SOA is another approach to integrating with SAP. SOA stacks comprise multiple products, including — but not restricted to — application servers, enterprise service bus, orchestration engines, and management and development tools.
One of the many benefits of implementing the SOA components is that it creates a robust integration architecture that supports most use cases. Applications are loosely coupled in the SOA landscape and, in case changes are needed, this enterprise solution effectively addresses them. This integration architecture is also responsible for reducing application maintenance costs and is considered a more reliable platform than the point-to-point and hub-and-spoke approaches. Once the SOA integration framework is implemented, the cost of procuring additional applications for supporting new business processes and the complexity that comes with it is considerably reduced. The SOA approach, thus, allows organizations to create, consolidate, and deploy services, thereby catering to varying business needs.
On the downside, SOA stacks involve a multitude of products which must all be deployed and configured. Also, implementation of an SOA can take multiple years and can involve higher upfront costs. This, in turn, can negatively impact the application development process. On the other hand, all developers need to be trained on proprietary software and recruiting new developers can pose a serious challenge to the requirement for specialist knowledge skyrockets. As a result, many organizations are still struggling to solve the SAP integration challenges.
The Enterprise Service Bus (ESB) architecture is at the center of application workflow and is a more advanced approach that supports SAP integration. ESBs are also regarded as a fundamental component of an SOA stack. ESBs very effectively implement, maintain, and manage traditional SOAs. Stand-alone ESBs provide their own management tools or integrate with the management tools used by an organization. An ESB’s primary function is to transmit messages between applications and components.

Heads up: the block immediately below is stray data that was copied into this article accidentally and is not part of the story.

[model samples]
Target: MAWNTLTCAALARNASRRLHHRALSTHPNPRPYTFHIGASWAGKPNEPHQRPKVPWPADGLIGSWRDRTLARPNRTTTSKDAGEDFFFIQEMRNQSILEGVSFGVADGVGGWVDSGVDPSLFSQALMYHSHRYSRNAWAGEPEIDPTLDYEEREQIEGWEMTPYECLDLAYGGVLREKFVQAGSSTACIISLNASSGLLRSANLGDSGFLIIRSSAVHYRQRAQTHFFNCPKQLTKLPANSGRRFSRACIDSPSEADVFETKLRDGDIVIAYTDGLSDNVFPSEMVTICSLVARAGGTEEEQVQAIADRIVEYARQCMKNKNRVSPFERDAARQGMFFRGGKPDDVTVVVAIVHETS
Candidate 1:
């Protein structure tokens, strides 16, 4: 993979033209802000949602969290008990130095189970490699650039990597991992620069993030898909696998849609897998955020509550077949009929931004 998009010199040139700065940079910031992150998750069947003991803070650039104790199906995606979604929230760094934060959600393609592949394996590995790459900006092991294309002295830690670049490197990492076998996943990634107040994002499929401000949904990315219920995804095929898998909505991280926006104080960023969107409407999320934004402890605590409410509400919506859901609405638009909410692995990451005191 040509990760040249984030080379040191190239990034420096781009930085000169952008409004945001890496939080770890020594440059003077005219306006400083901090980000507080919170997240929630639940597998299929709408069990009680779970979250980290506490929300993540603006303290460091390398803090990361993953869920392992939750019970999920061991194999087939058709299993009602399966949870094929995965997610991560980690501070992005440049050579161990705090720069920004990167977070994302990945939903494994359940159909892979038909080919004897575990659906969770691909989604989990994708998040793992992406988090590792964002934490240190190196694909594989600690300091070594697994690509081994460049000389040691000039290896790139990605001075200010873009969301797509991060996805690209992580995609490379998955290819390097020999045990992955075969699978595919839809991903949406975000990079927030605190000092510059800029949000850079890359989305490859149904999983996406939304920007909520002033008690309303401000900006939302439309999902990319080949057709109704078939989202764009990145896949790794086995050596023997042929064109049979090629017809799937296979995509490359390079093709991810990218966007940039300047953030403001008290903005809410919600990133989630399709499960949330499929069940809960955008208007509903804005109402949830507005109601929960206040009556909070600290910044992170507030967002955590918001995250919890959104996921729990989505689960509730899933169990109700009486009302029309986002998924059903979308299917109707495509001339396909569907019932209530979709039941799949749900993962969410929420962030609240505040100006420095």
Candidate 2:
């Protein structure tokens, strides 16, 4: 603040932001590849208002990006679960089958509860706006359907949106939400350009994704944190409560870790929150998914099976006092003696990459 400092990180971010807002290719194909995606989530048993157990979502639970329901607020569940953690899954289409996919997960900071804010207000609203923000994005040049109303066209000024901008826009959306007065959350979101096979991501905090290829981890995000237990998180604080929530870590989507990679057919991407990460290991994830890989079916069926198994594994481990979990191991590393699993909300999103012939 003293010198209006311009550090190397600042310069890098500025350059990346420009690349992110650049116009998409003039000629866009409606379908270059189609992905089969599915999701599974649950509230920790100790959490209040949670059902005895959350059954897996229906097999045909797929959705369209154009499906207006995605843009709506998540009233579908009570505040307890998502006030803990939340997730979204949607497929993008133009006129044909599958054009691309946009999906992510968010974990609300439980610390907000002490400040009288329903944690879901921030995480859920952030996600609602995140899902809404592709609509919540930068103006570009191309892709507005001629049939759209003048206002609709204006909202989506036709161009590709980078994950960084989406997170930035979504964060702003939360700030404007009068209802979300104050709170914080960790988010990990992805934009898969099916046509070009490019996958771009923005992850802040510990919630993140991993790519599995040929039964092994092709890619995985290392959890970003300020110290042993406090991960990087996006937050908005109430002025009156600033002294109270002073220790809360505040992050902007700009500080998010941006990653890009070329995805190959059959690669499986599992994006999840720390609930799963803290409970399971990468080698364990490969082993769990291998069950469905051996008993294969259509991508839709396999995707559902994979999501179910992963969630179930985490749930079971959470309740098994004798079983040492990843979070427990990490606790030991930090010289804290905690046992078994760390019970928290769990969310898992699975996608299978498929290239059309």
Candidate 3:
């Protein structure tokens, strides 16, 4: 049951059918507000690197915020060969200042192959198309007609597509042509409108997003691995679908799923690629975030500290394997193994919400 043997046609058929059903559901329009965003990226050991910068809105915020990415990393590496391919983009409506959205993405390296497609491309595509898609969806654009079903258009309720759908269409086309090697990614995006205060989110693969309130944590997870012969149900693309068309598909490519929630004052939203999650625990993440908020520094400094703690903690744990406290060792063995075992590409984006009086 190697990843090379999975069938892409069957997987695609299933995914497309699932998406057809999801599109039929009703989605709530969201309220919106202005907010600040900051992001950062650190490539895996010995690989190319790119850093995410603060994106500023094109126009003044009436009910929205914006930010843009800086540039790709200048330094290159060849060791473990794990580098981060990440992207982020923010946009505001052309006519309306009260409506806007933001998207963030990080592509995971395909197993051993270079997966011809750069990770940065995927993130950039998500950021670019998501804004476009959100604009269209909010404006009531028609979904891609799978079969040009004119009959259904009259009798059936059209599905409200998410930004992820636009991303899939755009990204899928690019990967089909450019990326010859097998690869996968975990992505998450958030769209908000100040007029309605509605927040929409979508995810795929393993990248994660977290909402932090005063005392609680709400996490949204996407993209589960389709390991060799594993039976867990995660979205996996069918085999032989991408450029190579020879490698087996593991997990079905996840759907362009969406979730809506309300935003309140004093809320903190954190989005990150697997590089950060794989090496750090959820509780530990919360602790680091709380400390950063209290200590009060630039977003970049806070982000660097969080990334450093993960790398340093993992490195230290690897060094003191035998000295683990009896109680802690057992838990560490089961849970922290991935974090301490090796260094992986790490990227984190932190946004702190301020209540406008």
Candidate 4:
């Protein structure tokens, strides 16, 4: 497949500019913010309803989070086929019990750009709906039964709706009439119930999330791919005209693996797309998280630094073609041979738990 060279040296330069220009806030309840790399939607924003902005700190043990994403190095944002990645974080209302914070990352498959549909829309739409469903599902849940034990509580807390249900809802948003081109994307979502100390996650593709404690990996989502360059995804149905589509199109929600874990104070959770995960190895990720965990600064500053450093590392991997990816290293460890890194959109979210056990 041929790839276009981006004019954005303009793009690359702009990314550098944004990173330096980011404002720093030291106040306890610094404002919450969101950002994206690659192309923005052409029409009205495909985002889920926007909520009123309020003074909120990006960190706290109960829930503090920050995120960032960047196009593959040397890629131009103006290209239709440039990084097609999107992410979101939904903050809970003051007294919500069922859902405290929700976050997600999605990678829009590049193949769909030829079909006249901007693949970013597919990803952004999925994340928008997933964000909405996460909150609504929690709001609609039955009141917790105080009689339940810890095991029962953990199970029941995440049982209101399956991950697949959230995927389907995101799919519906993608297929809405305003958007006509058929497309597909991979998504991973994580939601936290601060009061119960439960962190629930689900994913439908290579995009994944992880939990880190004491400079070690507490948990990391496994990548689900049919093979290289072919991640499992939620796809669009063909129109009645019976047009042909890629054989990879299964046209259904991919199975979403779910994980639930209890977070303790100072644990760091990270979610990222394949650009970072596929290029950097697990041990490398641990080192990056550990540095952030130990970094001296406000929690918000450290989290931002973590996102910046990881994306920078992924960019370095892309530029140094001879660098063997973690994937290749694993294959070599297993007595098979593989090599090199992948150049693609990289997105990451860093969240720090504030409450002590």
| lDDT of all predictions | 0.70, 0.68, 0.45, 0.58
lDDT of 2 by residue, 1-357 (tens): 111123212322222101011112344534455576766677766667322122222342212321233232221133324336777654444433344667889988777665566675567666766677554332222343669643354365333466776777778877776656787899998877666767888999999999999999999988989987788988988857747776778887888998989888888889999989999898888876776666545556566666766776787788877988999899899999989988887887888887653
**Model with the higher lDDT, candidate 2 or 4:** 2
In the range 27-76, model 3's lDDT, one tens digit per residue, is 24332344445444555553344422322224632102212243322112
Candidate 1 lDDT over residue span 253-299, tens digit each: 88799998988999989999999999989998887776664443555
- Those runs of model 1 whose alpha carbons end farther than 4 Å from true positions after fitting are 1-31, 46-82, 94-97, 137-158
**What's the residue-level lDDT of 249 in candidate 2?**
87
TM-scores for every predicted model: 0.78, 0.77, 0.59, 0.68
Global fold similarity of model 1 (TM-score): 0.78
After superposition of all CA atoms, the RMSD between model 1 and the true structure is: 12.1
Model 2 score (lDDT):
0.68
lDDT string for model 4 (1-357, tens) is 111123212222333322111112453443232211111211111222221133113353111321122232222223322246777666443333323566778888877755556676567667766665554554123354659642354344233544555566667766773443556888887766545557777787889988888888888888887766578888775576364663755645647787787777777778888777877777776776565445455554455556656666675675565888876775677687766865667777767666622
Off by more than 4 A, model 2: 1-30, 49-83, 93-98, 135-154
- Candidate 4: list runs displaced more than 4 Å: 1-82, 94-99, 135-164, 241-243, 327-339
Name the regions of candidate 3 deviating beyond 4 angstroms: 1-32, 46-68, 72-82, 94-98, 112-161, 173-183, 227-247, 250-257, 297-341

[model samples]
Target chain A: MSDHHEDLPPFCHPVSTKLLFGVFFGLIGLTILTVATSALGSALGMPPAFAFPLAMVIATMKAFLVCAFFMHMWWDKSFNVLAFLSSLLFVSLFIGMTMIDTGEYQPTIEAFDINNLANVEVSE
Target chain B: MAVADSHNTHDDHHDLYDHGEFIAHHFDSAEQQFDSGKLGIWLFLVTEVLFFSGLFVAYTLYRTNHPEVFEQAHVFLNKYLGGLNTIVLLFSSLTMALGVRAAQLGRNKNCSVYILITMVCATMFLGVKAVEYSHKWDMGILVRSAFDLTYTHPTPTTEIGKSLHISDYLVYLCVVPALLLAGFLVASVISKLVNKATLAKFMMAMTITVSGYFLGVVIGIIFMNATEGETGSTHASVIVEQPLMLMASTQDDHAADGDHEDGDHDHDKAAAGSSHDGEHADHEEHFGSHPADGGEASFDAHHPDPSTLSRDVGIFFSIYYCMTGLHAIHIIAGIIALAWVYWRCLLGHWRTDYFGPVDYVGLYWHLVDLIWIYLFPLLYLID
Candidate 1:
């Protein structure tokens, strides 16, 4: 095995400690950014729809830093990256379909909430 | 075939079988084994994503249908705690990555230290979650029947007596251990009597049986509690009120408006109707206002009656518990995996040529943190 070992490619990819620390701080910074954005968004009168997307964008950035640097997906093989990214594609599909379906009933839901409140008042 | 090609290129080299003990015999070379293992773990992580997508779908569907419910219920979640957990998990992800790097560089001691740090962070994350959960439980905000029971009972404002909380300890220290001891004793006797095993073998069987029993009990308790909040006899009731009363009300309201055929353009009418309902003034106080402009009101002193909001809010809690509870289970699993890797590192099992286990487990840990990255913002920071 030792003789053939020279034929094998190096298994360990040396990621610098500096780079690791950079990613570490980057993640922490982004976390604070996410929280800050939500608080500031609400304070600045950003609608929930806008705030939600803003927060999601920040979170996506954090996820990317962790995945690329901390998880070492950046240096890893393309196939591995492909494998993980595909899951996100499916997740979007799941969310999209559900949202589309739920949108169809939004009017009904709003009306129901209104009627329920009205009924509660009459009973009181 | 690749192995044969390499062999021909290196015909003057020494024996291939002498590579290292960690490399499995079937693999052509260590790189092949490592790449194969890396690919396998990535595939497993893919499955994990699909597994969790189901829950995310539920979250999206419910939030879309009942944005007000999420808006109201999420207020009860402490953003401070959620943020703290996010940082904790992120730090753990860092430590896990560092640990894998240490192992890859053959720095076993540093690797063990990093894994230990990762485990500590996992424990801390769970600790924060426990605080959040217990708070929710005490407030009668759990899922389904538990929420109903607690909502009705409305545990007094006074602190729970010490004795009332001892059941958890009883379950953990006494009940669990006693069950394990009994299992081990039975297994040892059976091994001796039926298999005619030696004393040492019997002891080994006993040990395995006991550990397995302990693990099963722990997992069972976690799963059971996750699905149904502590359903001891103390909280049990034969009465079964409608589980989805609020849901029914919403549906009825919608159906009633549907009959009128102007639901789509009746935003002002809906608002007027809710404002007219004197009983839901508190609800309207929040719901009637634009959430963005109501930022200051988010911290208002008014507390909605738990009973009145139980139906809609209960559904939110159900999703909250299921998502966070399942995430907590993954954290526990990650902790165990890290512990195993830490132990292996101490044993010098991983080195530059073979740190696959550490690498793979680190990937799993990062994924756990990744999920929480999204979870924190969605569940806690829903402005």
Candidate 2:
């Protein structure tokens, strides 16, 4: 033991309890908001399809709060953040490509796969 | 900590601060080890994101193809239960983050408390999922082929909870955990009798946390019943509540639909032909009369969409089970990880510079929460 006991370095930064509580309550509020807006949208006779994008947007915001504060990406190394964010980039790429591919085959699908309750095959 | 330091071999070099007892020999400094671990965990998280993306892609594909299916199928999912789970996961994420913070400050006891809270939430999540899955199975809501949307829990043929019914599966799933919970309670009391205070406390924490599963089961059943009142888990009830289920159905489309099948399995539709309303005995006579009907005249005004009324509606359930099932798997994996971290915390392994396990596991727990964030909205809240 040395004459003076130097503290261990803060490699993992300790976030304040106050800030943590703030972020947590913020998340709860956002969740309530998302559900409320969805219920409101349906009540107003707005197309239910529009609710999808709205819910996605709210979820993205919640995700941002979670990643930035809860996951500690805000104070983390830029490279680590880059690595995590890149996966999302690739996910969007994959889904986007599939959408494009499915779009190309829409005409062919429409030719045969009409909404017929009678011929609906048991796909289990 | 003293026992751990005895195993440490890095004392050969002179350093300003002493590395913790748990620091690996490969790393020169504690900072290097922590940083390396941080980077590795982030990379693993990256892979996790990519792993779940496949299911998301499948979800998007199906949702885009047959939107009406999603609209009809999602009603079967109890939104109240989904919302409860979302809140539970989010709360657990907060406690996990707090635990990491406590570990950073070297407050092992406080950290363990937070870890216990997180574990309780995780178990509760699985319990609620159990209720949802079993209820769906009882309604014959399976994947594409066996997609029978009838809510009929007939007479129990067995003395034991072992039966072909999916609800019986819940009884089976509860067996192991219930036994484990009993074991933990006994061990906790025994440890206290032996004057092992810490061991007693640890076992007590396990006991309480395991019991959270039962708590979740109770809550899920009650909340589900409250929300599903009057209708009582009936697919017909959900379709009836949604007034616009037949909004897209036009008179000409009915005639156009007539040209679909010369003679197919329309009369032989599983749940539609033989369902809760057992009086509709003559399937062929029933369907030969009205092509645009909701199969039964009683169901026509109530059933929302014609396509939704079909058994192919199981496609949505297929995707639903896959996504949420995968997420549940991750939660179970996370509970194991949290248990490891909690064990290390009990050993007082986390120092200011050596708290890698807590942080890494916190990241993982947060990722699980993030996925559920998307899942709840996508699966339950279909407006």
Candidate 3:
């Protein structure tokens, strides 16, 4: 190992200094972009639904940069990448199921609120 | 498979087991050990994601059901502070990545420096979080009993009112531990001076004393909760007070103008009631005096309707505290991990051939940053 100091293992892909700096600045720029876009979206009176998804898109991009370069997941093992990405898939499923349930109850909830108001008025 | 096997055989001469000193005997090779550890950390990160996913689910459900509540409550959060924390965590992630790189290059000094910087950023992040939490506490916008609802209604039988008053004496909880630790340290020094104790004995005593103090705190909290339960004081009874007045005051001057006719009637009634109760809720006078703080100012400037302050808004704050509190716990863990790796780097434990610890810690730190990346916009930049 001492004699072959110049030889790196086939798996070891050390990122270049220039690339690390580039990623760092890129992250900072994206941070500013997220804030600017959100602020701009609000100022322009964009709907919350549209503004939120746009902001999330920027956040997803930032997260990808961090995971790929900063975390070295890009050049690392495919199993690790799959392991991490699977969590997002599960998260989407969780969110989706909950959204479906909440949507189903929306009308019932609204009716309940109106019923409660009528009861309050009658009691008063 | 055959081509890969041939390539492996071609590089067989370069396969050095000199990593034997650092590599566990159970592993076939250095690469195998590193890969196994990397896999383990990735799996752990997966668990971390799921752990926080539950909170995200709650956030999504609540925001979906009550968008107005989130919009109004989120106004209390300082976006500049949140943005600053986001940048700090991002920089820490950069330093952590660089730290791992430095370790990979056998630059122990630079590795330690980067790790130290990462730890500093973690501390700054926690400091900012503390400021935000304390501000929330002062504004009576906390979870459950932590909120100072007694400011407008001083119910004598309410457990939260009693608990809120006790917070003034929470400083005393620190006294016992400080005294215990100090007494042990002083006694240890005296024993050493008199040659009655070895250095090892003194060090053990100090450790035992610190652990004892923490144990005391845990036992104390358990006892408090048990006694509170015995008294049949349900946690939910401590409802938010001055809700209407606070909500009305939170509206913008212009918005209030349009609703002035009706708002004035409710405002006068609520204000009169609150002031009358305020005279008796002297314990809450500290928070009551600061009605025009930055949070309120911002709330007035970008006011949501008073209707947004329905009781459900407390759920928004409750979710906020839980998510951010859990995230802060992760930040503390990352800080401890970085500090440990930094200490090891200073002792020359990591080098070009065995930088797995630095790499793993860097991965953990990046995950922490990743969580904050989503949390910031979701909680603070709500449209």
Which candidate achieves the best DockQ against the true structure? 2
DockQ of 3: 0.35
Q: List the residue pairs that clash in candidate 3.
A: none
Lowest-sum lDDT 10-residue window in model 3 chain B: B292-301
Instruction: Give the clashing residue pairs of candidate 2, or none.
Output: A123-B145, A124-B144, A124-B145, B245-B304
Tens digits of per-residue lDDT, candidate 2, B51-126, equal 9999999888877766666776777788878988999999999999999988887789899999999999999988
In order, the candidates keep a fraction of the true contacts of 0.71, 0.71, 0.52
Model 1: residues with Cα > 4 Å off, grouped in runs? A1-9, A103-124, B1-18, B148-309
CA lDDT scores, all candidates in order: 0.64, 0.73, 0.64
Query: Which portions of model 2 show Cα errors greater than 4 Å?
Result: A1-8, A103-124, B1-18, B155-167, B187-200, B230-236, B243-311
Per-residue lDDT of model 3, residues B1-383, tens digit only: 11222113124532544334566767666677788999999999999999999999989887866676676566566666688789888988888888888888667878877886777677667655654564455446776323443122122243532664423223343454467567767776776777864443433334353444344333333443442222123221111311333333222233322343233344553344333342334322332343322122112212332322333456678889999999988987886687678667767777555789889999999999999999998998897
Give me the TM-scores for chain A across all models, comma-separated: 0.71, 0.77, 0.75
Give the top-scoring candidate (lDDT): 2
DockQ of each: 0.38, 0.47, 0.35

In other words, an ESB works as a unifier where it unites the numerous ways in which components can receive or send information to other application elements. Moreover, they also utilize development tool and technologies that users are already familiar with. Stand-alone ESBs are, thus, regarded as the optimal solution for SAP integration. Like other approaches to SAP integration, stand-alone ESBs reduce upfront costs and eliminates the risks associated with other SAP integration scenarios. Thus, the approaches outlined above allow organizations to meet their business objectives and accomplish business goals within a short span of time.
The benefits of the HokuApps SAP integration platform are manifold. The SAP integration platform offers businesses integration services that are secure, reliable, and delivered and managed by SAP. HokuApps SAP supports integration between processes and data between on-premise, Cloud applications, and other external third-party applications.
HokuApps SAP integration with custom SAP connector is also easy for developers to learn and assimilate. This, in turn, can eliminate all challenges pertaining to training, staffing, and other development costs and enhance the speed at which organizations can develop and deliver applications and that will eventually streamline and automate business processes and also provide an interconnected landscape that will help organizations gain a competitive edge.
When compared to other alternatives, HokuApps comparatively expedites the SAP-application integration process, thereby creating new business opportunities and simultaneously laying the foundation for future projects. With HokuApps, businesses can thus expect a higher long-term return on investment.